• Hi NG – yes, there is very new study that came out just last week (September 2015) with some very positive news. The study looked at blood concentration of Omega-7 (among other things) and found that those with the highest concentration of Omega-7 had a 37% decrease in risk for sudden cardiac death. Of course, this is an association, and does not definitively prove cause and effect. Regardless, it is an exciting development.

      Yes, I still recommend just one pill per day. It acts like a hormone, so more is not better.

      http://eurheartj.oxfordjournals.org/content/early/2015/09/21/eurheartj.ehv446.long

  17. I just got my bottle of Innovix Labs omega 7s and would like some info regarding taking it with blood thinners, I’m on Xarelto for Protein C & S and Factor 2 deficiency. Can’t find anything saying it acts like omega 3s although it is from anchovies. Does it work differently? Thanks for any info

    • Hi Barbara – Omega-7 works very differently from regular Omega-3s. If you eat seafood several times a week, you would get enough from the fish itself. As far as blood thinners, there is no known interference, but please check with your doctor about this.

  18. Hi Vin,
    Any thoughts on this study? (https://today.duke.edu/2015/09/crohns)
    I have a feeling there’s a lot of “jumping to conclusions” going on. For example, nothing in the study seems to suggest that Omega 7 can *cause* Crohn’s, only that people with Crohn’s tend to have higher blood levels. Since I don’t have Crohn’s myself, I’m assuming I shouldn’t worry?

    • Hi Dave – this is a really interesting technology but it is hard to make firm conclusions with a study like this. It’s one of the many limitations of the study design. Having said that, Omega-7 (Palmitoleic acid) is generally anti-inflammatory in nature. But it ‘runs with’ Palmitic acid, which has been shown to be pro-inflammatory. If you supplement with, say, Seabuckthorn oil, you may get roughly equal parts of both. This is why we have a specification that says no more than 1% palmitic in our oil. We remove the palmitic. So it is conceivable that the people who had high Omega-7 also had high palmitic. And it is also conceivable that they had high Omega-6 levels.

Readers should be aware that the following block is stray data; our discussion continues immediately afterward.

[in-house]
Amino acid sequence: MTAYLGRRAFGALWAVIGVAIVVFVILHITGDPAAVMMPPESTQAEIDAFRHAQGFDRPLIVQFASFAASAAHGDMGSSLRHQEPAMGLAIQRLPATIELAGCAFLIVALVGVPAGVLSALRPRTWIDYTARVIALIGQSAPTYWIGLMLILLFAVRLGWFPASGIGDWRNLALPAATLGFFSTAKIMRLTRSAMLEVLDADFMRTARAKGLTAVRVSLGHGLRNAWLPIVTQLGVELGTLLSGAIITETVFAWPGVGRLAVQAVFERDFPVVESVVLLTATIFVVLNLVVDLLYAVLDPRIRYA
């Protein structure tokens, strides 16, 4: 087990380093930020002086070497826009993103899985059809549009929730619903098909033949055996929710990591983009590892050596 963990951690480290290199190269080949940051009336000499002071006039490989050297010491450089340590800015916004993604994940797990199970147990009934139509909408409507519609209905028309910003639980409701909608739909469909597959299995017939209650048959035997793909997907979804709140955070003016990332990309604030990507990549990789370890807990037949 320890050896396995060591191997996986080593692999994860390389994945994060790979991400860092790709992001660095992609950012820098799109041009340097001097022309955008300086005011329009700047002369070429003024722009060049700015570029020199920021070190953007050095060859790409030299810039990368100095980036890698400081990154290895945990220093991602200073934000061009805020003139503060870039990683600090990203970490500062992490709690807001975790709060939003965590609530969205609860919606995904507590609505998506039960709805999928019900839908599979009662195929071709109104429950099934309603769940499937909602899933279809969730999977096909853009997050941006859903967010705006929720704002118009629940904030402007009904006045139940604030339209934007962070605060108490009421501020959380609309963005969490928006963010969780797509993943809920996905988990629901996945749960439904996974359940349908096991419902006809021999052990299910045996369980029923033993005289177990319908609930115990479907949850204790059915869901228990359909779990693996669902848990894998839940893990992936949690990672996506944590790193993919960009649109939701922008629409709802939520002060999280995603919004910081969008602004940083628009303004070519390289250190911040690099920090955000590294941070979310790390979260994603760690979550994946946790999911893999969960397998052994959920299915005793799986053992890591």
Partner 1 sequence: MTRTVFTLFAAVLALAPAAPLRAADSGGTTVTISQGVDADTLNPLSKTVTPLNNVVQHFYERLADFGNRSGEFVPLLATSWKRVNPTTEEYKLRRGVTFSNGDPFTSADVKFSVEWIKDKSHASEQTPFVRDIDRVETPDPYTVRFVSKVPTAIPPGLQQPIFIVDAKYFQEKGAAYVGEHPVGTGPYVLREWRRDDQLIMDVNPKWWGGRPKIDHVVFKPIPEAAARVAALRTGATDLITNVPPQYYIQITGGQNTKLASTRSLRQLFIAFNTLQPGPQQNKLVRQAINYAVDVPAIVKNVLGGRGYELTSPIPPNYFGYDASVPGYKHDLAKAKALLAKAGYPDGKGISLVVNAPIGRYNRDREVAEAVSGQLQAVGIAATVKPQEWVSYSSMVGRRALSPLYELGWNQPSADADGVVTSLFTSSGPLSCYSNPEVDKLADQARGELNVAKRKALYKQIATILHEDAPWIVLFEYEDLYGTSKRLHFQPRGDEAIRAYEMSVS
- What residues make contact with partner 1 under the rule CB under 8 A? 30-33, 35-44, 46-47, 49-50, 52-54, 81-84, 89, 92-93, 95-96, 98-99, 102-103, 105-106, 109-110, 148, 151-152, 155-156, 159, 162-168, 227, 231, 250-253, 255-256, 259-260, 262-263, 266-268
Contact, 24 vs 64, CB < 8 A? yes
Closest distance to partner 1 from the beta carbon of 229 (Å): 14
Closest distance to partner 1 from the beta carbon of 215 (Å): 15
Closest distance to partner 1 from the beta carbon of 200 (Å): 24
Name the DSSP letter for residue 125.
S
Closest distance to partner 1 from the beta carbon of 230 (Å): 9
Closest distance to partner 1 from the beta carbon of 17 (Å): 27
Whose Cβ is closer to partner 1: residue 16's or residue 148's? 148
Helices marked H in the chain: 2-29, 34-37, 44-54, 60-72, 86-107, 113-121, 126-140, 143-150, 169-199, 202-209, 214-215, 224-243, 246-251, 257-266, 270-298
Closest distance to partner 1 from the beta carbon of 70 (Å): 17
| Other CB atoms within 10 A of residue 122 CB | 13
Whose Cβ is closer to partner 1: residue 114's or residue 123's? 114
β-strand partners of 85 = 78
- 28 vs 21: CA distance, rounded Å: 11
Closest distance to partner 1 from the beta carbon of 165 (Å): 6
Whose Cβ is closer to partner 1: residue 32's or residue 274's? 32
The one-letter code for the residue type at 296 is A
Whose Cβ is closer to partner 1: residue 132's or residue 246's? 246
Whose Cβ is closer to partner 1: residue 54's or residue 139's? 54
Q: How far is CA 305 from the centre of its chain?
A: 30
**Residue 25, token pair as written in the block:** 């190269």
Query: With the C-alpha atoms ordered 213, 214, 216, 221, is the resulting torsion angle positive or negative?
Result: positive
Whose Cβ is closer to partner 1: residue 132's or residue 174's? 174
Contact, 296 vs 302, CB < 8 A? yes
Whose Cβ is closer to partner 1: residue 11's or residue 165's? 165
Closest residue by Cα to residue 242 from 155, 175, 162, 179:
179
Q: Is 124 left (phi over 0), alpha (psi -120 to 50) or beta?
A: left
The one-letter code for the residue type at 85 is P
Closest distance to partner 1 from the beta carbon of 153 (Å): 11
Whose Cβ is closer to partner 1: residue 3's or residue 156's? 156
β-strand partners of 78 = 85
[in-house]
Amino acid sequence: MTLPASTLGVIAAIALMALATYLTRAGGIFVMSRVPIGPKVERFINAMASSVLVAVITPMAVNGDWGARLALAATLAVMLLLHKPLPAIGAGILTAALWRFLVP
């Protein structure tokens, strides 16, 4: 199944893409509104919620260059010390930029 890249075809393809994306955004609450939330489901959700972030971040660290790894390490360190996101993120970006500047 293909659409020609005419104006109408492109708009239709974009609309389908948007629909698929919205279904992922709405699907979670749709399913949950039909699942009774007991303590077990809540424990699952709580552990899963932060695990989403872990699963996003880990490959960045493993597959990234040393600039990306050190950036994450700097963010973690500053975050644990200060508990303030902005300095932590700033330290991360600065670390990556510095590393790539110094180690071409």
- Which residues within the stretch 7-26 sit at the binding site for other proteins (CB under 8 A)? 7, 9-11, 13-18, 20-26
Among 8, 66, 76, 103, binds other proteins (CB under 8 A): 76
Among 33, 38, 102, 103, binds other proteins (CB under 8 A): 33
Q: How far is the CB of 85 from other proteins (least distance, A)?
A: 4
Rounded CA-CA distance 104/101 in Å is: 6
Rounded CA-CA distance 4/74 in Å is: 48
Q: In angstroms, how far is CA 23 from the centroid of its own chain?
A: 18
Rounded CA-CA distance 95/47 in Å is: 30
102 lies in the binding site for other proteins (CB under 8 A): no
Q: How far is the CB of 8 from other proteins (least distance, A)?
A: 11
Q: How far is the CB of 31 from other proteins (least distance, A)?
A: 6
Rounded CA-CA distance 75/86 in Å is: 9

It would be fun (for me at least) to isolate people with low palmitic, low Omega-6, and high Omega-7 (Palmitoleic) and then determine their risk for Crohn’s.

      Should you worry based on this study? Oh, heck no!

  19. I bought two bottle Innovix omega7s and two bottle OmegaVia omega3s,
    may I take them daily as this way:
    Take one omega3 with breakfast
    Take one omega3 with lunch
    Take one omega7 with dinner

    Thank you.

    • Hi Qing – yes, you may take it the way you have outlined. However, there is no need to take it separately. If it is convenient, you may take all of the pills at once with a meal.

  20. i have ordered Provinol omega 7 – 420 mg – as per Dr. Roizen
    this is my question – i am already taking a natural blend of plant based omega supplements –
    this is what its ingredients say:
    Total omega blend 925 mgs
    Omega 3 375 mgs
    DHA 175 mgs
    EPA 100 mgs
    ALA 50 mgs
    Omega 5 and 7 blend 250 mgs
    Omega 6 and 9 blend 300 mgs
    “Proprietary blend of algae oil pomegranate seed oil,
    sea buckthorn berry oil, raspberry seed oil, safflower
    seed oil and tomato seed oil”
    My question is – can i add 425 mgs of omega 7 to this?
    I have just ordered the Provinol as suggested. I also take
    a multivit, ubiqunol, tumeric, extra C and a mitochondrial enhancer. I am also trying to build up my immune system, so i have started oil of oregano.
    If you could please advise. It is SO difficult to find people
    well versed in this area, I would really appreciate any
    suggestions you have!
    Thank you so very much!
    Marcia Johnston
    also – do you have a newsletter, or something similar, that i may subscribe to? (sorry about the poor grammar, but right now more concerned about my health!!! lol)

    • Hi Marcia – if you’re asking if you can add 425 mg of Omega-7 to your routine, the answer is probably yes, but you don’t need a lot of Omega-7 to get its benefits. About 200 mg is all you need per day. If your existing routine provides you with that much, you do not need another Omega-7 supplement.